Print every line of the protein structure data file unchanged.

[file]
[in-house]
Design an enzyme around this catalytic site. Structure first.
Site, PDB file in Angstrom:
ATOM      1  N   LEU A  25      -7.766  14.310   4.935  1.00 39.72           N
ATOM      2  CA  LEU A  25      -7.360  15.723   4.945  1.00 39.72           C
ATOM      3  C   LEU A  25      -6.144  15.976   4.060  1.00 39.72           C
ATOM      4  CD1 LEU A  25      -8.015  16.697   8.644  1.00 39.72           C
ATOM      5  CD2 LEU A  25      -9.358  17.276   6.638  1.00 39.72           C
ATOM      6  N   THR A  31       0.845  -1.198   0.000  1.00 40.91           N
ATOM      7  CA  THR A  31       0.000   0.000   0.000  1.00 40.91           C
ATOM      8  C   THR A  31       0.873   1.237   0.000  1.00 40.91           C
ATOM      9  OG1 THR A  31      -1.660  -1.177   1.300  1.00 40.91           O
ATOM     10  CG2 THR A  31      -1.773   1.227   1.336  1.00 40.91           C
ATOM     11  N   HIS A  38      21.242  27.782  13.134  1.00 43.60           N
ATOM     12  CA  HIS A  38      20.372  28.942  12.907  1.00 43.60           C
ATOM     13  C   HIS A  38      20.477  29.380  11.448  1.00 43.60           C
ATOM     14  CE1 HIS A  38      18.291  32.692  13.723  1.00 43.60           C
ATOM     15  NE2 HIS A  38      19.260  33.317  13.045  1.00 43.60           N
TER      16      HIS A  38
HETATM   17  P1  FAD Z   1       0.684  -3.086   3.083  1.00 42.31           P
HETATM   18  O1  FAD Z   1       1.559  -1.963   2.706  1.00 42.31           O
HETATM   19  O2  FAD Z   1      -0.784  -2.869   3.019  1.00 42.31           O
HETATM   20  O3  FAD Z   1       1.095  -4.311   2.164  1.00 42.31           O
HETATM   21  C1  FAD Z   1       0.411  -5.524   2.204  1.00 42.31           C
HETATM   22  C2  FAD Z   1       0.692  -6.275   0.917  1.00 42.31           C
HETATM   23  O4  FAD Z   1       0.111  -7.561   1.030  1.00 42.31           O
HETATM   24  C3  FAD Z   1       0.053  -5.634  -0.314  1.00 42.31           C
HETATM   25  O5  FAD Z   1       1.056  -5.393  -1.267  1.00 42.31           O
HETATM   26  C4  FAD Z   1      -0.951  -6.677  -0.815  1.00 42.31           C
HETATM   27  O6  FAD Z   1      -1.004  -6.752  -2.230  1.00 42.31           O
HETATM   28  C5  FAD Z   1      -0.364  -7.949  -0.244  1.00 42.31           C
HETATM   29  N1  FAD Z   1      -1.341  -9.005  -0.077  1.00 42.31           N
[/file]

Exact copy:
[in-house]
Design an enzyme around this catalytic site. Structure first.
Site, PDB file in Angstrom:
ATOM      1  N   LEU A  25      -7.766  14.310   4.935  1.00 39.72           N
ATOM      2  CA  LEU A  25      -7.360  15.723   4.945  1.00 39.72           C
ATOM      3  C   LEU A  25      -6.144  15.976   4.060  1.00 39.72           C
ATOM      4  CD1 LEU A  25      -8.015  16.697   8.644  1.00 39.72           C
ATOM      5  CD2 LEU A  25      -9.358  17.276   6.638  1.00 39.72           C
ATOM      6  N   THR A  31       0.845  -1.198   0.000  1.00 40.91           N
ATOM      7  CA  THR A  31       0.000   0.000   0.000  1.00 40.91           C
ATOM      8  C   THR A  31       0.873   1.237   0.000  1.00 40.91           C
ATOM      9  OG1 THR A  31      -1.660  -1.177   1.300  1.00 40.91           O
ATOM     10  CG2 THR A  31      -1.773   1.227   1.336  1.00 40.91           C
ATOM     11  N   HIS A  38      21.242  27.782  13.134  1.00 43.60           N
ATOM     12  CA  HIS A  38      20.372  28.942  12.907  1.00 43.60           C
ATOM     13  C   HIS A  38      20.477  29.380  11.448  1.00 43.60           C
ATOM     14  CE1 HIS A  38      18.291  32.692  13.723  1.00 43.60           C
ATOM     15  NE2 HIS A  38      19.260  33.317  13.045  1.00 43.60           N
TER      16      HIS A  38
HETATM   17  P1  FAD Z   1       0.684  -3.086   3.083  1.00 42.31           P
HETATM   18  O1  FAD Z   1       1.559  -1.963   2.706  1.00 42.31           O
HETATM   19  O2  FAD Z   1      -0.784  -2.869   3.019  1.00 42.31           O
HETATM   20  O3  FAD Z   1       1.095  -4.311   2.164  1.00 42.31           O
HETATM   21  C1  FAD Z   1       0.411  -5.524   2.204  1.00 42.31           C
HETATM   22  C2  FAD Z   1       0.692  -6.275   0.917  1.00 42.31           C
HETATM   23  O4  FAD Z   1       0.111  -7.561   1.030  1.00 42.31           O
HETATM   24  C3  FAD Z   1       0.053  -5.634  -0.314  1.00 42.31           C
HETATM   25  O5  FAD Z   1       1.056  -5.393  -1.267  1.00 42.31           O
HETATM   26  C4  FAD Z   1      -0.951  -6.677  -0.815  1.00 42.31           C
HETATM   27  O6  FAD Z   1      -1.004  -6.752  -2.230  1.00 42.31           O
HETATM   28  C5  FAD Z   1      -0.364  -7.949  -0.244  1.00 42.31           C
HETATM   29  N1  FAD Z   1      -1.341  -9.005  -0.077  1.00 42.31           N